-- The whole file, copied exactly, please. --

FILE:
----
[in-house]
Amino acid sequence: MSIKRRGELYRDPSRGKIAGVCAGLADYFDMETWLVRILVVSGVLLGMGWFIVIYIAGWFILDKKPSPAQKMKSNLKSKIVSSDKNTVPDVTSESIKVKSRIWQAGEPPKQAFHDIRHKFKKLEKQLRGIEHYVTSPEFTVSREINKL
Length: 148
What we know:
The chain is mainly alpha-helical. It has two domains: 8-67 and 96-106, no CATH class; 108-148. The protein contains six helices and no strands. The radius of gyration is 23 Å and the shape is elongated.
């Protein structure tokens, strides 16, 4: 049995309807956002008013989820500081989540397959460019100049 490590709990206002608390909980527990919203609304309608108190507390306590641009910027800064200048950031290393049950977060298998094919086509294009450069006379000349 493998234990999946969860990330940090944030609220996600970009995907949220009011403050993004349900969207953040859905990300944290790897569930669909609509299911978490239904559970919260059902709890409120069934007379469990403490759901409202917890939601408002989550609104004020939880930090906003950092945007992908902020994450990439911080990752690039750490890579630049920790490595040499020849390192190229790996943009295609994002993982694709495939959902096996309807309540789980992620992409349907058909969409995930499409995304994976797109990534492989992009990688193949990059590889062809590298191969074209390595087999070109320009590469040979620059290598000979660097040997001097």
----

[in-house]
Amino acid sequence: MSIKRRGELYRDPSRGKIAGVCAGLADYFDMETWLVRILVVSGVLLGMGWFIVIYIAGWFILDKKPSPAQKMKSNLKSKIVSSDKNTVPDVTSESIKVKSRIWQAGEPPKQAFHDIRHKFKKLEKQLRGIEHYVTSPEFTVSREINKL
Length: 148
What we know:
The chain is mainly alpha-helical. It has two domains: 8-67 and 96-106, no CATH class; 108-148. The protein contains six helices and no strands. The radius of gyration is 23 Å and the shape is elongated.
């Protein structure tokens, strides 16, 4: 049995309807956002008013989820500081989540397959460019100049 490590709990206002608390909980527990919203609304309608108190507390306590641009910027800064200048950031290393049950977060298998094919086509294009450069006379000349 493998234990999946969860990330940090944030609220996600970009995907949220009011403050993004349900969207953040859905990300944290790897569930669909609509299911978490239904559970919260059902709890409120069934007379469990403490759901409202917890939601408002989550609104004020939880930090906003950092945007992908902020994450990439911080990752690039750490890579630049920790490595040499020849390192190229790996943009295609994002993982694709495939959902096996309807309540789980992620992409349907058909969409995930499409995304994976797109990534492989992009990688193949990059590889062809590298191969074209390595087999070109320009590469040979620059290598000979660097040997001097």